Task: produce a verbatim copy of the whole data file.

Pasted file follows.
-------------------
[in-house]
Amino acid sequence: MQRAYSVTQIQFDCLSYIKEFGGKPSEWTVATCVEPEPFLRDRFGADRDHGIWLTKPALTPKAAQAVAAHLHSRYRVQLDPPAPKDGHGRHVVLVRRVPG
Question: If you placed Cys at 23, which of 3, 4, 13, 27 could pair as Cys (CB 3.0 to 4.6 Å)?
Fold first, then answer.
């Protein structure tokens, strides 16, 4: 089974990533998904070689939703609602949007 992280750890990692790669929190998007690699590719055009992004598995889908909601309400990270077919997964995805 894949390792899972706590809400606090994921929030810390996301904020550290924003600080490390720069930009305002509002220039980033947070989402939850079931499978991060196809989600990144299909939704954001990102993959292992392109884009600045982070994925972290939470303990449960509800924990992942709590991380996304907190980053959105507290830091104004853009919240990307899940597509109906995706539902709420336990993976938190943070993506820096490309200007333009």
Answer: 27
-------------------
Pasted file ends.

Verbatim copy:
[in-house]
Amino acid sequence: MQRAYSVTQIQFDCLSYIKEFGGKPSEWTVATCVEPEPFLRDRFGADRDHGIWLTKPALTPKAAQAVAAHLHSRYRVQLDPPAPKDGHGRHVVLVRRVPG
Question: If you placed Cys at 23, which of 3, 4, 13, 27 could pair as Cys (CB 3.0 to 4.6 Å)?
Fold first, then answer.
């Protein structure tokens, strides 16, 4: 089974990533998904070689939703609602949007 992280750890990692790669929190998007690699590719055009992004598995889908909601309400990270077919997964995805 894949390792899972706590809400606090994921929030810390996301904020550290924003600080490390720069930009305002509002220039980033947070989402939850079931499978991060196809989600990144299909939704954001990102993959292992392109884009600045982070994925972290939470303990449960509800924990992942709590991380996304907190980053959105507290830091104004853009919240990307899940597509109906995706539902709420336990993976938190943070993506820096490309200007333009």
Answer: 27